Posted on July 30, 2019 by Devra C. Aarons
This blog piece was written by Devra Aarons, alumna of the Summer 2019 Pardes Executive Learning Seminar.
I have vivid childhood memories of sitting in my family’s synagogue on Shabbat, just listening to everyone’s voices coming together during the prayers. Somehow the tune to “Vishamru” always felt big – like a symphony and a call to action all at once. I always wanted to stomp my feet and add more than my little childhood voice could offer. How could I be part of the bigger song?
It’s worth mentioning that I love to sing. We sang a lot of musicals in my childhood home or in the car. But in synagogue, I wasn’t always sure if my voice should be (or could be) heard.
During this summer’s ELS at Pardes, I was introduced to the idea of (by educator Tovah Leah Nachmani) of shalom not just meaning peace, but wholeness – shlaymut. Commonly shalom translates to mean peace, hello and goodbye. The word shalom comes from the root – shin-lamed-mem, which become shlaymut or “wholeness.” She went deeper and described the goal as “a symphony of difference.” Whoa, I thought, mic drop.
How many times have I imagined (mostly as a child) that peace means perfection? That’s not what you find in a “symphony of difference.”
As that day continued, I thought a lot about that idea. It really turned my head. As I do with any idea that really intrigues me, I asked myself, “How could I teach this idea? Could I find a way for my students to embody ‘a symphony of difference?’” I thought of the rain exercise – where everyone makes one noise – a clap, a snap or a click and then you increase the tempo. So that as the exercise progresses, it sounds like growing rainstorm made from many people making sounds together. Is that a symphony of difference? Is that what shlaymut, wholeness or peace could feel like?
Maybe. I tried it at our shared ending banquet dinner. I had hoped the group would get to hear and experience a symphony of difference. A new kind of peace from a shared experience. But my energy was too high and my idea was too jumbled. It just didn’t work the way I wanted to.
On the plane ride home, I kept thinking about it – how do I make it work? In my imagination, I am in a classroom – asking each student to make a sound. Just one sound over and over. A sound that is uniquely theirs. It would start slow, then get faster, build to a crescendo and then come back down slowly. Would that work? How would they describe it? Would that be shlaymut?
And then I thought of this feeling I used to get in the synagogue as a kid, hearing our whole congregation sign “V’shamru.” Everyone would sing. Some were loud and others were off-key, but everyone sang. I remember closing my eyes and seeing that prayer rise up into the rafters of our sanctuary’s ceiling. It was almost like the musical notes were rising up as a column of smoke – like the offerings in the Aron Hakodesh. I never felt it from just the Cantor seeing alone, only when the whole community sang together. It felt like an offering – a column of vocal music rising and winding its way up to G-d. Shared prayer = a symphony of difference. It is wholeness/shlaymut, peace.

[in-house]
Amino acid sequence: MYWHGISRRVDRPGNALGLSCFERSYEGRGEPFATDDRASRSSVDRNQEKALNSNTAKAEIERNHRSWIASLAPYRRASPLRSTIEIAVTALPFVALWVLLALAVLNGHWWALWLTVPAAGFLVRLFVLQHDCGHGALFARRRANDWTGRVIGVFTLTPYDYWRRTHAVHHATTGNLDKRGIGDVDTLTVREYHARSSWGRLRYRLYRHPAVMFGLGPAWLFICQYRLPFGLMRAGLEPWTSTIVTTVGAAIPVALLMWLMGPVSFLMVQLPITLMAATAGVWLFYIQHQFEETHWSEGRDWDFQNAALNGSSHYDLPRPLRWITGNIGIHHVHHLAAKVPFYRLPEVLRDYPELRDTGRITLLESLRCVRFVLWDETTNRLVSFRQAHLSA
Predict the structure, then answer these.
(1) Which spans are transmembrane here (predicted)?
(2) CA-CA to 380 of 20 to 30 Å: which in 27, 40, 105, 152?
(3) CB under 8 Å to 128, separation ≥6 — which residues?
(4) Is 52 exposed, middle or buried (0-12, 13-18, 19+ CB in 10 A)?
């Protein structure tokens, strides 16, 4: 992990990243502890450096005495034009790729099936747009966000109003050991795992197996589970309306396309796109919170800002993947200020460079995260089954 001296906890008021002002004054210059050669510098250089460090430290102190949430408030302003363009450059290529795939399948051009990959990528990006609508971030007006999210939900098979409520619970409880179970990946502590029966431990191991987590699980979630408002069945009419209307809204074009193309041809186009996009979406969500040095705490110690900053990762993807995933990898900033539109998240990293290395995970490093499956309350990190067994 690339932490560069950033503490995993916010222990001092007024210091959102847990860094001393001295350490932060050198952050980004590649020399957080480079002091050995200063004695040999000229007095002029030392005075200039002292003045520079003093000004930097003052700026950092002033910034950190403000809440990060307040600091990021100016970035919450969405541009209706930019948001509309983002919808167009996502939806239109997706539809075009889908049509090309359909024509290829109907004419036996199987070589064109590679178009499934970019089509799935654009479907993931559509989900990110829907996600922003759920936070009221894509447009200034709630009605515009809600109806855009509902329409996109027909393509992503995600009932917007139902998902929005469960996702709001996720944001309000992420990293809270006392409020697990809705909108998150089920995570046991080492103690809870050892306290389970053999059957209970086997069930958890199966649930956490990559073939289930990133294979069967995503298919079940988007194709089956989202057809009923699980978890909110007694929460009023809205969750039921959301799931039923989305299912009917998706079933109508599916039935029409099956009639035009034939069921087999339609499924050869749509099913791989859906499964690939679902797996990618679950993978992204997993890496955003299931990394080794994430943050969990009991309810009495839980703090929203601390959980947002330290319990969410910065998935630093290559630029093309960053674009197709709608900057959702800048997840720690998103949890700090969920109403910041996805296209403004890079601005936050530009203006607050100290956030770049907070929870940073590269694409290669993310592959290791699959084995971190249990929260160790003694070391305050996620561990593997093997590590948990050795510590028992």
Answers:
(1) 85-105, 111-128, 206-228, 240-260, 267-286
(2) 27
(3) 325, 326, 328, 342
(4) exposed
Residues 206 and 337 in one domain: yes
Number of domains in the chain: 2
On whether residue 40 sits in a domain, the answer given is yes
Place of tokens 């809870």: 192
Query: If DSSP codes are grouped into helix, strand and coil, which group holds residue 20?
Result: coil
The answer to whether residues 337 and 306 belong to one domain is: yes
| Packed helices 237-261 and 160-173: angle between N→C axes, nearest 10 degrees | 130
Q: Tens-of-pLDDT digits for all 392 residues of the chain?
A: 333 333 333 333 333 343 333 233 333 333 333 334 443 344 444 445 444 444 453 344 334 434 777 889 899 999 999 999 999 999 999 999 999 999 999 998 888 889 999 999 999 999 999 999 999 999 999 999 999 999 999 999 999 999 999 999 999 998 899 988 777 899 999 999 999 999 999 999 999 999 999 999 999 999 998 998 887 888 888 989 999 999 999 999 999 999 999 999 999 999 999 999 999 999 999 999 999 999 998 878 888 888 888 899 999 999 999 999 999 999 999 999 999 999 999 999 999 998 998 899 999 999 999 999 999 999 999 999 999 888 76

As I reflect on it, the week at Pardes had a similar feeling. I think our collective thoughts (especially during a stirring chevruta conversation) rose like those notes of the V’shamru. When a class was really humming, there was shared energy. Torah/Talmud study is prayer. Even when our opinions differ, and maybe especially when we are in a deep debate it creates a symphony.
I feel that way when listening to live music. A good friend of ours is in a string quartet. A violin playing by itself is beautiful – it can bring me to tears. But to hear that quartet in action, it’s magnificent. But a symphony – with strings, horns, drums and more – I sometimes don’t understand how all those different instruments can combine to create the beauty of symphonic music. How do composers envision all those pieces coming together? It shouldn’t work together, but somehow it does.
My learning at Pardes helped me to articulate the classroom environments I want to cultivate. How many times have I walked into a classroom of new students – each with their own ideas, ways of learning, histories, families, beliefs and more – with the goal of creating a unified classroom? How to do this? This idea of a “symphony of difference” really helps me conceptualize a way to bring unity into my teaching environments. If we have a shared goal or shared learning – each person is contributing their instrument, their voice into our classroom. With this vision in mind, we can create a classroom of wholeness, of shlaymut.
Thank you to Pardes for creating that culture of difference and helping me to pray in a way that gave my voice meaning. I look forward to many more opportunities in the future.
Join a future Pardes Seminar in Jerusalem. Details and registration at: pardes.org.il/seminar
About the Author: Devra C. Aarons is the Executive Director of Contra Costa Midrasha, in the San Francisco Bay Area, where she has engaged over 1,000 Jewish teens. Devra loves to incorporate yoga, food and art into her teaching. Find out more about Contra Costa Midrasha at: www.ccmidrasha.com.